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What is your definition of a true "Foodie"?

j
jarona Mar 30, 2013 01:21 PM

I pose this question because I think the term "foodie" has been overused to the point of vagueness these days. I've come across people who consider themselves "foodies", but balk at eating pig cheeks or sweetbreads or even balk at spending time to make rilettes or an involved recipe for a decent pate or confit. I know some self-described "foodies" who will eat out at chain restaurants five times a week and pontificate about the greatness of the food because of the quantity. Not quality. I also realize that some folks are offended by the term "foodie". Whatever. In my opinion, a true foodie is someone who understands what goes into a recipe...who will travel quite a bit for one great meal..someone who will take the time to cook the best meal possible and someone who reads a cookbook to get an understanding of the food they are cooking. I dunno. Honestly, as much as I cook...and bake..and will try anything without being grossed out, I don't know if I qualify to be a true "foodie" ...what's your opinion on this????

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  1. g
    GH1618 Mar 30, 2013 01:33 PM

    My definition is in the previous thread on the subject:

    http://chowhound.chow.com/topics/891357

    1 Reply
    1. re: GH1618
      j
      jarona Mar 30, 2013 01:43 PM

      I like your definition!
      For me, I am now convinced I'm just a total glutton..which suits me fine!

    2. r
      RedTop Mar 30, 2013 01:36 PM

      I personally think that anyone who would describe themselves as a "foodie" is full of pretention and false eliteism.

      I'm thinking so because I can't fathom James Beard, Julia Child, Paul Bocuse, Alain Ducasse, Carmen Degollado, Thomas Keller, et al, smugly describing themselves so. Or, cooking for such a diner.

      Just my .02 cents.

      1. m
        mwhitmore Mar 30, 2013 01:38 PM

        I think it is akin to 'Hippie' or 'Yuppie', someone who mindlessly follows what is currently fashionable. Not a compliment IMO.

        1. p
          Puffin3 Mar 31, 2013 10:53 AM

          IMO a 'foodie' is "I'm interested in food period". The word can be used in a negative as well as positive way.
          Some 'grazers' are serious 'foodies'. Some not. Ask someone who claims to be a 'foodie' who Escoffier was. If they don't know they are not a serious foodie. Same as asking who Babe Ruth was to someone who claims to be a baseball fan.
          I consider myself a 'foodie' in the sense that all things about food from production to consumption interests me. I make my own mustard/ketchup/aioli/mayo.
          I worship Escoffier and make genuine sauces/stocks following his receipts to the gram. JC was/is still the Queen of culinary achievement. Sorry RR.
          If someone doesn't have Waverly Root's 'The Food Of France' in their collection forget it.

          3 Replies
          1. re: Puffin3
            s
            sedimental Mar 31, 2013 11:25 AM

            That's interesting. So if someone is not particularly interested in french cuisine(either cooking it or eating it) but are interested in other cuisines...they are considered by you to not be a "foodie" and not interested in food?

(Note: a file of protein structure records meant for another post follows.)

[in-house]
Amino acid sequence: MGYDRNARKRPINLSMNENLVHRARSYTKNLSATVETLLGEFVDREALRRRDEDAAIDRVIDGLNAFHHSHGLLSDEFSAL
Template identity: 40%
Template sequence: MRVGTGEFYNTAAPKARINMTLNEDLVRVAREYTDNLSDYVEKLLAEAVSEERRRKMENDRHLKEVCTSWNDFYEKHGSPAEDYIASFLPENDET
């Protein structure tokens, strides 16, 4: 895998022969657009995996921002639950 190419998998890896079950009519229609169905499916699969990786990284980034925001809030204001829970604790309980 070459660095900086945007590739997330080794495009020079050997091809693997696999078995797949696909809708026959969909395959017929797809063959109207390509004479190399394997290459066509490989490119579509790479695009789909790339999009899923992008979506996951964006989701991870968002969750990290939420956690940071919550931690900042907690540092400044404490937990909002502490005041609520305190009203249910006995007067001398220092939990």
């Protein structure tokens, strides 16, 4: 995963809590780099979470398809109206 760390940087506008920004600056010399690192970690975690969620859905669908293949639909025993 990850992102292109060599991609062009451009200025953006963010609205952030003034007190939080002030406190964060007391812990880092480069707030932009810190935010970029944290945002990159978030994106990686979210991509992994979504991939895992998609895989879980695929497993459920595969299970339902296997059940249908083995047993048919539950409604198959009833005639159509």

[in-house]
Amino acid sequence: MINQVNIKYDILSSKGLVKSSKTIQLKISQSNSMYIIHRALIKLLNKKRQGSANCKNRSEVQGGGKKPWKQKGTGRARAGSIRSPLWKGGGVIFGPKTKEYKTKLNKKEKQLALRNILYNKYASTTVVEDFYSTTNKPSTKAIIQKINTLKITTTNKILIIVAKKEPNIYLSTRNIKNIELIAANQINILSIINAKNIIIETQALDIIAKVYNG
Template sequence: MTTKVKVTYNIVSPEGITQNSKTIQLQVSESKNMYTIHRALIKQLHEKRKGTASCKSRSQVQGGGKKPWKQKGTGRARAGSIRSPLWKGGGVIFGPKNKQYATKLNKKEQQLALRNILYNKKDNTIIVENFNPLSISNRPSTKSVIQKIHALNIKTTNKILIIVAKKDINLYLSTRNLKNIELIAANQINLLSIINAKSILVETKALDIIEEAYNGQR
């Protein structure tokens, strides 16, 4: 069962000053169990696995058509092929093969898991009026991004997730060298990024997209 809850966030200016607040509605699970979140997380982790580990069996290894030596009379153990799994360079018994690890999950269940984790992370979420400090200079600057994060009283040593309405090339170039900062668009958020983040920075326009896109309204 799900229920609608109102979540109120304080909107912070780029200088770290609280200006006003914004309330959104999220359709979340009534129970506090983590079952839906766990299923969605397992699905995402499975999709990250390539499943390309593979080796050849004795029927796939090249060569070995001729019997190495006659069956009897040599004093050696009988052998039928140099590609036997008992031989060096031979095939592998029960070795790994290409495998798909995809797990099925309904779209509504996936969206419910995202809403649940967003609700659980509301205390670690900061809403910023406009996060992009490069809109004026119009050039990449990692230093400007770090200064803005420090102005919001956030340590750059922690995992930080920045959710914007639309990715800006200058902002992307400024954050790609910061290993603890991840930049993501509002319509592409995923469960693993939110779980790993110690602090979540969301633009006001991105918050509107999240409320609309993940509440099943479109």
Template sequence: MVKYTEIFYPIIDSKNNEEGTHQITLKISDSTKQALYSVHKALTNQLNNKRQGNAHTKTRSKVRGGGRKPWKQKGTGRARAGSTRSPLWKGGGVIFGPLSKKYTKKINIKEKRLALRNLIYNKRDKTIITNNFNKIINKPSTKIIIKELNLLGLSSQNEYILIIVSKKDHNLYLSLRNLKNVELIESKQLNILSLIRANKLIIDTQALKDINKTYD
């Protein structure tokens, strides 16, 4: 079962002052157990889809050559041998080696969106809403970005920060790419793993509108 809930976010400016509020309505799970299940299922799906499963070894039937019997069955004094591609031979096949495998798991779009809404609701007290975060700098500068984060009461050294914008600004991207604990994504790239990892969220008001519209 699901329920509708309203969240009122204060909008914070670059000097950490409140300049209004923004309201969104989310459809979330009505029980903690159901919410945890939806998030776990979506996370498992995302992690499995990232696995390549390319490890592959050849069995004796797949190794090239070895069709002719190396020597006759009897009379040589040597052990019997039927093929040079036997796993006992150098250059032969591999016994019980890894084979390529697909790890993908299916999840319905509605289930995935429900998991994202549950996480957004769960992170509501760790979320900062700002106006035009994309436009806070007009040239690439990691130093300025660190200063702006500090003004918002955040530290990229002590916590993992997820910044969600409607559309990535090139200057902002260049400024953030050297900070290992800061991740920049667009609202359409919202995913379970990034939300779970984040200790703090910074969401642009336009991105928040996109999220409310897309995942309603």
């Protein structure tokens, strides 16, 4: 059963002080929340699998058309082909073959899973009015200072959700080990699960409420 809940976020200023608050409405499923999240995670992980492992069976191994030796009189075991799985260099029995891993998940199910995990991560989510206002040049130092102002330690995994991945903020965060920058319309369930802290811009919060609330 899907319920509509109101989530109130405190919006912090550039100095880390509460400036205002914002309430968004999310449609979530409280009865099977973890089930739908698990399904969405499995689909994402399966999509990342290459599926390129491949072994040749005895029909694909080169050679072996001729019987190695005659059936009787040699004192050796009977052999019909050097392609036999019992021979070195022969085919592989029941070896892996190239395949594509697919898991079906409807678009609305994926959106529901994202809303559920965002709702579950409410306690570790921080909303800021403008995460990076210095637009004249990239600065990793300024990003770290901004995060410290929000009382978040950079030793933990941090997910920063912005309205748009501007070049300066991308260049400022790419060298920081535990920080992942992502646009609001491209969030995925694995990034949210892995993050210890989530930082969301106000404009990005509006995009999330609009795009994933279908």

I am not sure what a foodie is, other than someone that considers food sort of a "hobby" of some kind and not just fuel. I can't see how putting historical or cultural lines in that definition... is narrowing down a definition?

            1. re: Puffin3
              b
              Bkeats Mar 31, 2013 12:31 PM

              You're very French centric. How far should we go back in attributing food cred? You worship Escoffier. Shouldn't you provide credit to Catherine de Medici without whom there could never have been an Escoffier? A florentine who changed the course of formal French dining.

              1. re: Bkeats
                p
                Puffin3 Apr 1, 2013 06:22 AM

                Yes I'm 'French centric b/c that's the type of food I relate to. I ought to have said something like: "A foodie' IMO is someone who knows the history of the food they like". If I had been born in NV I could probably tell you the history of the rice kernel.
                Yes the Medicis brought their 'foodie' habits to France. But how far back do we go? If it wasn't for the Byzantines good old Cathy would have brought along a bag of frozen peas. LOL

            2. Kris in Beijing Mar 31, 2013 11:09 AM

              Start with these two words:

              gourmand: rates quantity higher than quality; whose chief pleasure is eating

              gourmet: adopts the opposite approach; a connoisseur of food and wines

              IMHO, a foodie is between these two G terms. Quantity and value are elements of a foodie's evaluation scale, and exocticness or weirdness might not be.

              1. i
                Isolda Mar 31, 2013 01:16 PM

                It's someone who is always seeking out new flavors. That's it for me.

                1. sunshine842 Apr 1, 2013 12:35 AM

                  To me, it's just someone who enjoys eating and preparing good food.

                  No link to budget, nationality, authenticity, or social class.

                  and I try not to label people with nebulous labels. Saying "He's French" is factual -- look at his passport/birth certificate. But "he's a foodie" leaves it up to the listener to make an opinion about him **based on his/her opinion of the word*, and not on the guy we're talking about. If the listener has a bad opinion of the word "foodie", he/she gets a bad impression of the guy we're talking about, which isn't fair to anyone.

                  1. b
                    beevod Apr 1, 2013 08:00 AM

                    Someone who would never use the term.

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